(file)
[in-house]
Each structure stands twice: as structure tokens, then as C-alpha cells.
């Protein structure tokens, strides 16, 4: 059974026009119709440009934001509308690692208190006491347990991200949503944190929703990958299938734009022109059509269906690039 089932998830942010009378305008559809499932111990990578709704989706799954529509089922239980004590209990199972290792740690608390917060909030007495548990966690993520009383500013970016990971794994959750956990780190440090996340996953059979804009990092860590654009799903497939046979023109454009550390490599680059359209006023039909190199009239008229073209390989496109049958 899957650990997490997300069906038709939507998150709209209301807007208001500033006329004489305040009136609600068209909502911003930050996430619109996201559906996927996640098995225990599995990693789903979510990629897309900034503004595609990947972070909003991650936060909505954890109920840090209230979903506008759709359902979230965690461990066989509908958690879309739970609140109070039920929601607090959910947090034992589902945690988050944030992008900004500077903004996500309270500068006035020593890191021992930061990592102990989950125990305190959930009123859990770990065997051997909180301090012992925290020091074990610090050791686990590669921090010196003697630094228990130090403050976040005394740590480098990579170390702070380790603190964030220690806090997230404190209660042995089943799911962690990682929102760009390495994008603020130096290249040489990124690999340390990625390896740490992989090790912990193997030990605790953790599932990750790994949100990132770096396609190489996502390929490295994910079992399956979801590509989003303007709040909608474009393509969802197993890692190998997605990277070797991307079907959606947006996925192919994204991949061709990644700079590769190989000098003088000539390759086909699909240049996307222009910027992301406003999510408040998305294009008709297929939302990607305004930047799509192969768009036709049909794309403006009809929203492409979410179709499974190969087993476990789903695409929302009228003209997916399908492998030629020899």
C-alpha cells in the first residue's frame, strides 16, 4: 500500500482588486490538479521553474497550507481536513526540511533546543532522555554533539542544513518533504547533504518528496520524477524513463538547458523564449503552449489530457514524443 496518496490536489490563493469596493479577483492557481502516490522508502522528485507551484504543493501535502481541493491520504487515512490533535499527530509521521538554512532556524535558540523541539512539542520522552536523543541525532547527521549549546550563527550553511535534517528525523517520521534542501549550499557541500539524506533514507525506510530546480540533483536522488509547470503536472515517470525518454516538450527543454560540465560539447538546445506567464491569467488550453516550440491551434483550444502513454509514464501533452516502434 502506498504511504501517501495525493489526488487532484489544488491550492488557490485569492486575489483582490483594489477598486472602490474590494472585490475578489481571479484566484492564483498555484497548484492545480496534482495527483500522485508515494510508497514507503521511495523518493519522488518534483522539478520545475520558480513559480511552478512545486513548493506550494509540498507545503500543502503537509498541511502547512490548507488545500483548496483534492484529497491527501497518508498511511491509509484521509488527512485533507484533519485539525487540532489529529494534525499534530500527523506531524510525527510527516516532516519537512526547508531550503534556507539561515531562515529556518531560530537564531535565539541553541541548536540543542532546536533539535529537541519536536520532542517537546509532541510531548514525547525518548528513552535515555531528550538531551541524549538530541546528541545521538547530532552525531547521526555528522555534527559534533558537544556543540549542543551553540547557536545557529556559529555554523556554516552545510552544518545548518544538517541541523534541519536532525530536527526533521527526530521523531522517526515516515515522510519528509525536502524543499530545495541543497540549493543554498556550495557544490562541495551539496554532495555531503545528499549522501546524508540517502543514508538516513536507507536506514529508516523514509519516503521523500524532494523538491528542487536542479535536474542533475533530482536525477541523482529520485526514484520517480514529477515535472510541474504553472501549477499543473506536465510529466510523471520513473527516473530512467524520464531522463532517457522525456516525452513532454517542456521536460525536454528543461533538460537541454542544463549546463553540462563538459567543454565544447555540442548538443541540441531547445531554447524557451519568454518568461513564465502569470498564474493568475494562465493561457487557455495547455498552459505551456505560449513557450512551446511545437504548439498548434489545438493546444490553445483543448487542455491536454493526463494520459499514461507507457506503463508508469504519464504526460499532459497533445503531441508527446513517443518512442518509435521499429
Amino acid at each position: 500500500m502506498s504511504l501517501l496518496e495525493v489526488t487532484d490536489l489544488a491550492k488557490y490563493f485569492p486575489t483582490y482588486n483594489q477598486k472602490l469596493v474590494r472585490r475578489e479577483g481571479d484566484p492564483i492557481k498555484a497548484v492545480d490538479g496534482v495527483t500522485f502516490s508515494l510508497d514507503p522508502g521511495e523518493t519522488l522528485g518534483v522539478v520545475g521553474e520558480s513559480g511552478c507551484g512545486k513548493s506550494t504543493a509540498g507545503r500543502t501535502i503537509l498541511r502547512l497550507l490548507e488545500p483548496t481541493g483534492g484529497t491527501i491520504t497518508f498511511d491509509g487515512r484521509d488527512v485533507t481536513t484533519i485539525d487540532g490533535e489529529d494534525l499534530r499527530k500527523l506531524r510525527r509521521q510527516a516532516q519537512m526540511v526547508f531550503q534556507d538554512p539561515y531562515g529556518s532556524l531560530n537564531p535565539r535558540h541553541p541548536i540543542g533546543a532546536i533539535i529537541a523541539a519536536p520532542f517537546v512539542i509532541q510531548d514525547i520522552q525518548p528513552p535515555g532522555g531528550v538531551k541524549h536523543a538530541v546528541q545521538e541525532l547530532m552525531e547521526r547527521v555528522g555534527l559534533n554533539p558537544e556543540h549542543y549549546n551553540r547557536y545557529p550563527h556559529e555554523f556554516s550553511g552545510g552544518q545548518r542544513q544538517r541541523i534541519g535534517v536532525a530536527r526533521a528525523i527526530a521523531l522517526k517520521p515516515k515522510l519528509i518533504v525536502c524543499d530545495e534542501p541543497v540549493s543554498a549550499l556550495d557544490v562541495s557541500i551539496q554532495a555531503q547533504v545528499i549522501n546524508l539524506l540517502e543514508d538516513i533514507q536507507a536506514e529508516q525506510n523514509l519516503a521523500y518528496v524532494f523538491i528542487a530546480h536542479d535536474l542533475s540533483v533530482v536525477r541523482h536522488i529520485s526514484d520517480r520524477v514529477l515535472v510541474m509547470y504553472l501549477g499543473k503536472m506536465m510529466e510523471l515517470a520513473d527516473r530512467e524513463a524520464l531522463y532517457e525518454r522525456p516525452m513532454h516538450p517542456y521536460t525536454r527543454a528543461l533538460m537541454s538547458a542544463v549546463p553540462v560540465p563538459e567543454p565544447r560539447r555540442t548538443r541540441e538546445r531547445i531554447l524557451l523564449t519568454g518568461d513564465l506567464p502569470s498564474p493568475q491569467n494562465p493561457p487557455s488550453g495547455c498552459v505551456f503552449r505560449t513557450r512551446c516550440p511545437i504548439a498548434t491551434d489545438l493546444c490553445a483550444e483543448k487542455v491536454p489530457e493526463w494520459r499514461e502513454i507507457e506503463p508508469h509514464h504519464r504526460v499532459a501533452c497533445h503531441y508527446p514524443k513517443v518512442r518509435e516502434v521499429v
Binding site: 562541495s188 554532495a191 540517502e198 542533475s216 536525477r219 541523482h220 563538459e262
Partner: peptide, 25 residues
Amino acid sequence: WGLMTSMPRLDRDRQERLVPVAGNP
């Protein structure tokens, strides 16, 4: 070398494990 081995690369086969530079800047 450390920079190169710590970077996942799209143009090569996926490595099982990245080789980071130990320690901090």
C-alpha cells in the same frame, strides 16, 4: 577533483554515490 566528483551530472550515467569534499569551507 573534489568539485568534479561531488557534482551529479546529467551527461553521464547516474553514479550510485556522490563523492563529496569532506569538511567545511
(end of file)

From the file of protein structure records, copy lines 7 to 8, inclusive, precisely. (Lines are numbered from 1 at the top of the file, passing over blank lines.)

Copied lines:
Partner: peptide, 25 residues
Amino acid sequence: WGLMTSMPRLDRDRQERLVPVAGNP